Document Type : Research Articles
Health Information Management Program, Faculty of Health, Dian Nuswantoro University, Semarang, Indonesia.
Public Health Program, Faculty of Health Sciences, Universitas Dian Nuswantoro, Semarang, Indonesia.
Faculty of Economy and Business, Universitas Indonesia.
Objective: This study aims to determine the impact of cigarette display settings on cigarette sales in the stores in Semarang City.
Methods: The research was conducted in August-October 2020 using a quasi-experimental study approach. It was conducted by setting the cigarette display in 3 methods where (1) the cigarette display was opened for 35 days in 5 stores, (2) the cigarettes display was covered with cloth for a pre and post-intervention period of 15 and 30 days, respectively, at five stores and (3) the cigarette display was hidden for a pre and post-intervention period of 15 and 30 days, respectively, at three stores. Cigarette sales were recorded based on how many packs or sticks were sold per day, and a visit to the store was made every two or three days without prior notification to the store owner to ensure the cigarette display was appropriate and recorded data. The sales data was descriptively evaluated using a paired t-test with a 95% confidence level.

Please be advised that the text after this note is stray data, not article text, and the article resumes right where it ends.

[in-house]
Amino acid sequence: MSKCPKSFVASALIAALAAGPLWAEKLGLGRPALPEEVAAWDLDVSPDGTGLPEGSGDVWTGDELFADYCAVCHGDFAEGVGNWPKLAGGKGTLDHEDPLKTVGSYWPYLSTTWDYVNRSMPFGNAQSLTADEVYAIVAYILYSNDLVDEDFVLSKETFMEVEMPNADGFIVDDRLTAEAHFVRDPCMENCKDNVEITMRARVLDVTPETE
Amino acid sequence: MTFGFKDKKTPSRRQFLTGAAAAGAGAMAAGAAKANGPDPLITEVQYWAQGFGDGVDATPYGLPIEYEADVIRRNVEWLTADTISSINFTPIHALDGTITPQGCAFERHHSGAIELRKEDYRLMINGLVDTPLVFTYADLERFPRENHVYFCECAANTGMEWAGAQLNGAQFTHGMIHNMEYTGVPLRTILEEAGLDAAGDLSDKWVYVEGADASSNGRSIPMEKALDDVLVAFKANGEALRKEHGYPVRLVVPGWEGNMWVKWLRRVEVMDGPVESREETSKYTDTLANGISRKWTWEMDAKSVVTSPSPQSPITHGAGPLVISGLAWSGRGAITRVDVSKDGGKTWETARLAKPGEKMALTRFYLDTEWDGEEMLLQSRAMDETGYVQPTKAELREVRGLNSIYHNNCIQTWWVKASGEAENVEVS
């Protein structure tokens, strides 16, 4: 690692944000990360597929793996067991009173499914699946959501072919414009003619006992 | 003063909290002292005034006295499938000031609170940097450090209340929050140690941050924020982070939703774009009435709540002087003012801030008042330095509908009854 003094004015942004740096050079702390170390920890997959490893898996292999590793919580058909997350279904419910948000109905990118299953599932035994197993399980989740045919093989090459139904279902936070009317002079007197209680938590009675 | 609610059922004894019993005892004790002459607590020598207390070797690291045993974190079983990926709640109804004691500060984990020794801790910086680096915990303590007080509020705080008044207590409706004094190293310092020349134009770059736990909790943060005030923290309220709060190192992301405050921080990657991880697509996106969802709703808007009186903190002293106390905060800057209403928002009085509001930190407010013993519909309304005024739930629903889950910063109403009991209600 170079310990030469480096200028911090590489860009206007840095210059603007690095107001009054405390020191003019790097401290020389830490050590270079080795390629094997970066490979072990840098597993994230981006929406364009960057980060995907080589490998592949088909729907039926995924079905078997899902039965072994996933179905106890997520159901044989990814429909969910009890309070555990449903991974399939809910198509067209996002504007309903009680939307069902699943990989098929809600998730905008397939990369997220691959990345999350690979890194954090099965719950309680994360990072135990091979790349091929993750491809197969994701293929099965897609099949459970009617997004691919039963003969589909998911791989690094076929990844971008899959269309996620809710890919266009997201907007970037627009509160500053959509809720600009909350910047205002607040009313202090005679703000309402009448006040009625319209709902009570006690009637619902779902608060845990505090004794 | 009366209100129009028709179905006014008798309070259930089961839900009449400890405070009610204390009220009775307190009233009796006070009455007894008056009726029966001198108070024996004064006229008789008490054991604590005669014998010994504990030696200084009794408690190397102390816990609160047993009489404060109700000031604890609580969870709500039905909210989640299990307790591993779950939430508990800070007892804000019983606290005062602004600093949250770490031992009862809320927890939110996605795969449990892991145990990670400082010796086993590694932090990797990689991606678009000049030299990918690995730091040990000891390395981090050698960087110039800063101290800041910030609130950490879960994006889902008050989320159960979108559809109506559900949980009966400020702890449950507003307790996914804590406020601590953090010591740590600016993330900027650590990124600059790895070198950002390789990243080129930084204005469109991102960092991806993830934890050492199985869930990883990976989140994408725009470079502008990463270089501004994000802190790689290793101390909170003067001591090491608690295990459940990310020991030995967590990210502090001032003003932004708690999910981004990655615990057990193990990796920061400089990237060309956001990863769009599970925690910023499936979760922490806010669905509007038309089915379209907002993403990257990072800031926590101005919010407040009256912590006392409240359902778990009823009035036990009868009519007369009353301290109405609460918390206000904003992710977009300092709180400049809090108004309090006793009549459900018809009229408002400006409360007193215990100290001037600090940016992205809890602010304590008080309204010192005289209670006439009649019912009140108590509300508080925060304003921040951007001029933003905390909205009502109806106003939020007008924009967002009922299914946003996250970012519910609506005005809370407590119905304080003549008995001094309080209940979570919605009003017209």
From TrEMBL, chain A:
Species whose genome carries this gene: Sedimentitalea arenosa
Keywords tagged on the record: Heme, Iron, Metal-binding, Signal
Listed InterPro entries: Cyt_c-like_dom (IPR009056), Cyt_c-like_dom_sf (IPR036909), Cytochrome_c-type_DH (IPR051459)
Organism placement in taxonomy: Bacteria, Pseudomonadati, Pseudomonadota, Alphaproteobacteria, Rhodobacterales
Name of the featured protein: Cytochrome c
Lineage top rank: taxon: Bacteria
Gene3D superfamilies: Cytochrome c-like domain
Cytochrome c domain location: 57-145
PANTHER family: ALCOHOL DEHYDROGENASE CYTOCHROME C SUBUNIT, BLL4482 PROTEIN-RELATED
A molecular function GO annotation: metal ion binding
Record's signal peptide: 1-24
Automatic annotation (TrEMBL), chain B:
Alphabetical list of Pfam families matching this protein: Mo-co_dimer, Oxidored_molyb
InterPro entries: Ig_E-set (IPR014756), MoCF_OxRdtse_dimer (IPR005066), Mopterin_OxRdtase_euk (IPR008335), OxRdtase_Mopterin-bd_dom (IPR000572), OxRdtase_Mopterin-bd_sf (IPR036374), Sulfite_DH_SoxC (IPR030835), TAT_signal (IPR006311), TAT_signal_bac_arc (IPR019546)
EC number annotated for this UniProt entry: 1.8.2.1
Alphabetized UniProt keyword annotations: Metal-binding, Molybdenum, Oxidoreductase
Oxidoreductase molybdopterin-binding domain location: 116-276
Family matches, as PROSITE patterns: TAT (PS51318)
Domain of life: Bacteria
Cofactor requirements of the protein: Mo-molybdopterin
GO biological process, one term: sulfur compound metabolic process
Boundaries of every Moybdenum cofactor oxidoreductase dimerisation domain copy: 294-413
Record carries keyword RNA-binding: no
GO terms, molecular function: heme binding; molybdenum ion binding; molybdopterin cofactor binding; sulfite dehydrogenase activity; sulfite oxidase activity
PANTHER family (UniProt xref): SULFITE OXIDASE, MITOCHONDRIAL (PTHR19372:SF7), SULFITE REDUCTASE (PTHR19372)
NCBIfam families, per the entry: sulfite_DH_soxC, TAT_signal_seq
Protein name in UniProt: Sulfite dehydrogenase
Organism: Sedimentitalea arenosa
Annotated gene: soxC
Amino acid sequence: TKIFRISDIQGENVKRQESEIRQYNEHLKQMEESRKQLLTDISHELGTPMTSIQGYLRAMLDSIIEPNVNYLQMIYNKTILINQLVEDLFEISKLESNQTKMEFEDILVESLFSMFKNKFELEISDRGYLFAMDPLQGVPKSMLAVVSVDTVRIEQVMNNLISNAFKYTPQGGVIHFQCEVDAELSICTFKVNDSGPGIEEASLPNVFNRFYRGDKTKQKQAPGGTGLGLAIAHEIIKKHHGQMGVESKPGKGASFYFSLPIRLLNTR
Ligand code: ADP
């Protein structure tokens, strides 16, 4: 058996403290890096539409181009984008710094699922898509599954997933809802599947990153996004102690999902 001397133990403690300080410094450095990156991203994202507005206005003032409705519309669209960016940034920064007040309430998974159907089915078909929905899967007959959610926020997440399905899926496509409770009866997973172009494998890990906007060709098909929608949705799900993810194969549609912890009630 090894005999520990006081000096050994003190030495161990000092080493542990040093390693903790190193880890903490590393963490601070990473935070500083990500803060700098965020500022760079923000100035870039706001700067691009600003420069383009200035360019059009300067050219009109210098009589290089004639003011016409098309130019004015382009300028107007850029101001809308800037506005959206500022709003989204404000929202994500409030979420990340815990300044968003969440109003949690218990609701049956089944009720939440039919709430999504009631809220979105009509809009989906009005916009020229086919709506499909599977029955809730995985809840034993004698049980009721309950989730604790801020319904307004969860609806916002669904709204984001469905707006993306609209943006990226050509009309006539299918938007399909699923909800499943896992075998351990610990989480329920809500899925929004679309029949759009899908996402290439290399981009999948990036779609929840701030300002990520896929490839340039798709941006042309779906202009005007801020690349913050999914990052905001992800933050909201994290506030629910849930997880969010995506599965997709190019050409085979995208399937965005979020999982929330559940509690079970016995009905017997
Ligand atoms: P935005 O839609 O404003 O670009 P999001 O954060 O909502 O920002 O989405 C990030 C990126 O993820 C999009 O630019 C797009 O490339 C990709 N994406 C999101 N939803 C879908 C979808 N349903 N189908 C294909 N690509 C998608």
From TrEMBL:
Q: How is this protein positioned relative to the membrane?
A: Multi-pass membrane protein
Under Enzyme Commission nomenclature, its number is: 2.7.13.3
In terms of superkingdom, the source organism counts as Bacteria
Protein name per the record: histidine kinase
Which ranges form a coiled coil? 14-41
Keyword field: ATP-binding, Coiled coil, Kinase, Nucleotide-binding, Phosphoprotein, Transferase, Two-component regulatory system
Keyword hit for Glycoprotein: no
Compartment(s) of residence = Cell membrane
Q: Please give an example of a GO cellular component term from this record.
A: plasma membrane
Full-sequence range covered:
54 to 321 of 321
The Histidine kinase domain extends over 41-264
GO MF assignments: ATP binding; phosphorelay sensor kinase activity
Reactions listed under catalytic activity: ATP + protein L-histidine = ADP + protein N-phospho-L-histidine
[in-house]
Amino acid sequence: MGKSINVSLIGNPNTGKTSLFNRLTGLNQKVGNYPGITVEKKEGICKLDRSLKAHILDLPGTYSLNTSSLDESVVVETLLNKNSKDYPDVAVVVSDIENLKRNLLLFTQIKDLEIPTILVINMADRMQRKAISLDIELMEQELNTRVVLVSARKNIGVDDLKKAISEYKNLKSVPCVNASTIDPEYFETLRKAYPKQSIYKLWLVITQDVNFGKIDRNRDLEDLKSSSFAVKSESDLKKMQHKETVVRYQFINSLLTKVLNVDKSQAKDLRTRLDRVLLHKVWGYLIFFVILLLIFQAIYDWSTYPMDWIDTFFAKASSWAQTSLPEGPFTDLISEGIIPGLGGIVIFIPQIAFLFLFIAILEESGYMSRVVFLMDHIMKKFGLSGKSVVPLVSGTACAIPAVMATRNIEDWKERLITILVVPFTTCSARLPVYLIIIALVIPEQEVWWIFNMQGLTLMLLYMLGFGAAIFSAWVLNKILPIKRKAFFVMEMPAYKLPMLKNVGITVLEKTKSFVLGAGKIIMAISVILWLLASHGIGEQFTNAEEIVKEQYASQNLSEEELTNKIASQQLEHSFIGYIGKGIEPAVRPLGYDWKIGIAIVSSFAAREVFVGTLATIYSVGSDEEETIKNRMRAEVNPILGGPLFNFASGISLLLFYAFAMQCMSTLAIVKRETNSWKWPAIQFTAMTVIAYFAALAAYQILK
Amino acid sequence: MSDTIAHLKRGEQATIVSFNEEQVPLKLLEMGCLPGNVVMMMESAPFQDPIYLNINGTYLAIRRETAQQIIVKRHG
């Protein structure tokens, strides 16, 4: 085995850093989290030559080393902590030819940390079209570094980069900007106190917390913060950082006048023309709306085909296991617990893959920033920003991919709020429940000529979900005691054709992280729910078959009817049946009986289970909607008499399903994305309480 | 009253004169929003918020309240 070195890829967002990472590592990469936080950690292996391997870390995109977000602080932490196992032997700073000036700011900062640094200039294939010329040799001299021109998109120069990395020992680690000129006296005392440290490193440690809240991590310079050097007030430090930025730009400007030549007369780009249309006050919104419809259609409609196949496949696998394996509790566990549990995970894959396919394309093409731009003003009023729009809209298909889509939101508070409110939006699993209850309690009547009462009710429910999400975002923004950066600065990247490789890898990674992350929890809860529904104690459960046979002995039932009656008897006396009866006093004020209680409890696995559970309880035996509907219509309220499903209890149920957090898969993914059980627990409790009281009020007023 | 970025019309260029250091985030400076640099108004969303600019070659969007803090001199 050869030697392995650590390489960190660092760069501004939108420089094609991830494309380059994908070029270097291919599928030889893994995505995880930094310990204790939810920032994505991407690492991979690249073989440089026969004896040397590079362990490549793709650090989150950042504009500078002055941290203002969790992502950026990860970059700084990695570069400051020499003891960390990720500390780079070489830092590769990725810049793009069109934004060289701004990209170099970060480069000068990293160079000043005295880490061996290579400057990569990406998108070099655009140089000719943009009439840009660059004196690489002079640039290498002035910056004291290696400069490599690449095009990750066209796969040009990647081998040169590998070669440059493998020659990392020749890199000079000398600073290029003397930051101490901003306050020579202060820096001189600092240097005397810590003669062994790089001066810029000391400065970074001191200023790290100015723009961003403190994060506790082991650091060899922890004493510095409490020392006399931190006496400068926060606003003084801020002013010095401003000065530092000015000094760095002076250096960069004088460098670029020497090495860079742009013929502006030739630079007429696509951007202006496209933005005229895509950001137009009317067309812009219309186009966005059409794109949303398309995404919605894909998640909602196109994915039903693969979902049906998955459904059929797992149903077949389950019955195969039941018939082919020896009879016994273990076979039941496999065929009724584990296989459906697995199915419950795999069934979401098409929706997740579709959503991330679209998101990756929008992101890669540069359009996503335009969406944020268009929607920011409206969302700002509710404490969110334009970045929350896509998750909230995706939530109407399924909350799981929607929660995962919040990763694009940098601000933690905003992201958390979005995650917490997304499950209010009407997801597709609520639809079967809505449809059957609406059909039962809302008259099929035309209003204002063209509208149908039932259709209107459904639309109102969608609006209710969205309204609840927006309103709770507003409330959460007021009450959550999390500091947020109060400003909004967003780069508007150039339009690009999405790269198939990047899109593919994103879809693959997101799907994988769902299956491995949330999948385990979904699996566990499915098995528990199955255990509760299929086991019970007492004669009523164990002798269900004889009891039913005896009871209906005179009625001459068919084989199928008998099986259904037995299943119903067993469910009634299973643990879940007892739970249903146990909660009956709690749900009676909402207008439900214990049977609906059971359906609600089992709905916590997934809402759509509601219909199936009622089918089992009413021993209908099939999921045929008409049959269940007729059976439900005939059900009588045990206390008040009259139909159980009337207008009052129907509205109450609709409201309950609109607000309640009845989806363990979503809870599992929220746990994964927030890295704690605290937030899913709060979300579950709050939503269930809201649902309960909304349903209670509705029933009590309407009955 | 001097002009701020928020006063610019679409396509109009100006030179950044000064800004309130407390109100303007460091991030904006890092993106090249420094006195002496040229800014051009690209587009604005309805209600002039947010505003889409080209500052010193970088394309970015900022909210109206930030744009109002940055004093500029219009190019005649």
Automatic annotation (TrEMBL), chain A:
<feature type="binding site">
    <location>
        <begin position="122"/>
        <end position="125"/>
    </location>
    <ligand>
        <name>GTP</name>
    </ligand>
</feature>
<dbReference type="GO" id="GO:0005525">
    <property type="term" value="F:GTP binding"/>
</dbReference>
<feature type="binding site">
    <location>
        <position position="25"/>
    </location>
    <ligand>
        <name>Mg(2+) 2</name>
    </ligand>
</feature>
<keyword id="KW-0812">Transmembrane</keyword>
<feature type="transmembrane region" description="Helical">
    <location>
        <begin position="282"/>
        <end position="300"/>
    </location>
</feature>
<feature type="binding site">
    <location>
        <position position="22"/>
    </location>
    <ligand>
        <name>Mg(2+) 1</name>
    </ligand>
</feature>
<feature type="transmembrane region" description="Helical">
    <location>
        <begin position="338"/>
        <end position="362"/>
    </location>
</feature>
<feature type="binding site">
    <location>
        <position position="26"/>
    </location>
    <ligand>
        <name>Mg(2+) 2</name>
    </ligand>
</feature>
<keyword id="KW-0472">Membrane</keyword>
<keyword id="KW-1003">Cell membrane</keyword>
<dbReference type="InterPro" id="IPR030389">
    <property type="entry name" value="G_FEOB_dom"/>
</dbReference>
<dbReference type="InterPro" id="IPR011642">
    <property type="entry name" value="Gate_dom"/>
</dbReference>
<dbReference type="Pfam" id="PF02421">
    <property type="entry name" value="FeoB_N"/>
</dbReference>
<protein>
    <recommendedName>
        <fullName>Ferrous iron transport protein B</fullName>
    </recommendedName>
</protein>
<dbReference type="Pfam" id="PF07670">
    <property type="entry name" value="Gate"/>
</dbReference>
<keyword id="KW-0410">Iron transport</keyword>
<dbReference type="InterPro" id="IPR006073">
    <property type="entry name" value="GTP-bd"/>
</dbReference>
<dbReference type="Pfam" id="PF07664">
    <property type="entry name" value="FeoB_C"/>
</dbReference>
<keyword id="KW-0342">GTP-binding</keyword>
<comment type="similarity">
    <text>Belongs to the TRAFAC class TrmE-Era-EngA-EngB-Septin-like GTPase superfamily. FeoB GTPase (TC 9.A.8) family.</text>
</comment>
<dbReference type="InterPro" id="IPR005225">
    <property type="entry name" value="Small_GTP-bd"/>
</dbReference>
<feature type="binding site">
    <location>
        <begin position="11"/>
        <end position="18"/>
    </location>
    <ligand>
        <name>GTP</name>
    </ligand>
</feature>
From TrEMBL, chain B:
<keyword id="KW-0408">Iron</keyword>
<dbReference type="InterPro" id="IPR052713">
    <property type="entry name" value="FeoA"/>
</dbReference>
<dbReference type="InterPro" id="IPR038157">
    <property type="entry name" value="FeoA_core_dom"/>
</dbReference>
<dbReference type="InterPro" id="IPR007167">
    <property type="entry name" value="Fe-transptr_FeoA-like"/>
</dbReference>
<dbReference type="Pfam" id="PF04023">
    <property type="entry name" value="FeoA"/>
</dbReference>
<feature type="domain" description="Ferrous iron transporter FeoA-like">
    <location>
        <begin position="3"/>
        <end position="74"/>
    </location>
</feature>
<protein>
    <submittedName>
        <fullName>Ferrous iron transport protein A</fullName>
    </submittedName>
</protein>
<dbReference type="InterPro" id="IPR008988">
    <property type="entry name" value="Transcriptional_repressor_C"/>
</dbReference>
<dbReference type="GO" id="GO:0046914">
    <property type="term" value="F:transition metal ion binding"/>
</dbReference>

Result: The results showed that one hidden cigarette display store (R3-1) experienced a significant decrease in sales, three hidden/covered display stores had a less significant decrease in cigarette sales and four hidden/covered display stores didn’t have any decline in cigarette sales while the average decline in cigarette consumption in stores was -1.4packs/day. From the analysis of sales per day and the paired pre-post intervention test, the store with a covered display showed no difference in the pre-post intervention sales, while the stores with hidden displays showed differences.
Conclusion: Thus, covered displays did not affect stores and cigarette sales, while stores with hidden displays showed differences in sales.